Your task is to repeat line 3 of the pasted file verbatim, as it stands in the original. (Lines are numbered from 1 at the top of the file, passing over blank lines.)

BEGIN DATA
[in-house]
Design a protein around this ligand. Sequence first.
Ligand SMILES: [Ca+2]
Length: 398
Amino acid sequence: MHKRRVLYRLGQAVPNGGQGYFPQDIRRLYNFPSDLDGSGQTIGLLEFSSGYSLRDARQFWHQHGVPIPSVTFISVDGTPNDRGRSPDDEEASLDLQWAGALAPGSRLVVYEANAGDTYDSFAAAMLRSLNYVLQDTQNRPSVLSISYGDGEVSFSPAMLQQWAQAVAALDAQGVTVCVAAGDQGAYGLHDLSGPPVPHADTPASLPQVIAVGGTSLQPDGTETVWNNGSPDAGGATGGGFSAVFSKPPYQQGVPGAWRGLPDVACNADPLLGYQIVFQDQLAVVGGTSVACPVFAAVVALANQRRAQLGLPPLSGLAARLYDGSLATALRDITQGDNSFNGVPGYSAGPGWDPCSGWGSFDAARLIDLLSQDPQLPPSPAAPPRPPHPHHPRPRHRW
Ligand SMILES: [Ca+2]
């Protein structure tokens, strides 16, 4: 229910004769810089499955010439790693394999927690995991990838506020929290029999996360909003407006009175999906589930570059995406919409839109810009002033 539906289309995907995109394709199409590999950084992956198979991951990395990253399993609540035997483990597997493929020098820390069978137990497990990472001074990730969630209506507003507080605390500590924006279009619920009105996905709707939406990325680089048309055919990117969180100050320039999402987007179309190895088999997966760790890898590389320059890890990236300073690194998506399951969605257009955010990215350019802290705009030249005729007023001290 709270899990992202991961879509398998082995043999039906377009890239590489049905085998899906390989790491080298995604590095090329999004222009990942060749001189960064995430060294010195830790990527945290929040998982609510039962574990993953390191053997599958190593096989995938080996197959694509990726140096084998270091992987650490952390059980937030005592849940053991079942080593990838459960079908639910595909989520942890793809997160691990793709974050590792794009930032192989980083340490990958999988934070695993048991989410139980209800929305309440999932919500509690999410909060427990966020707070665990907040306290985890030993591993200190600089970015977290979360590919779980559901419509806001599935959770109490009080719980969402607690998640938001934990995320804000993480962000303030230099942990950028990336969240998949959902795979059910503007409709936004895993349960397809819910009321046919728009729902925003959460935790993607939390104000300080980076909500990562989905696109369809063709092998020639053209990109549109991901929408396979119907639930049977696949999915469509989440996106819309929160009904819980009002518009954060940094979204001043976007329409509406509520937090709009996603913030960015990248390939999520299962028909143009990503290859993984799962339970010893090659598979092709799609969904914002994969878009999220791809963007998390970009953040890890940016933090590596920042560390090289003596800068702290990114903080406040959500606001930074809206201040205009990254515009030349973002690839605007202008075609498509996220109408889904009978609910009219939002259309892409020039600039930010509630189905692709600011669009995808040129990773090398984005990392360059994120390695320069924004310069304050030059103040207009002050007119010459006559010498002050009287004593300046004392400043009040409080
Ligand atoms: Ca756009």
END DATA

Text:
Ligand SMILES: [Ca+2]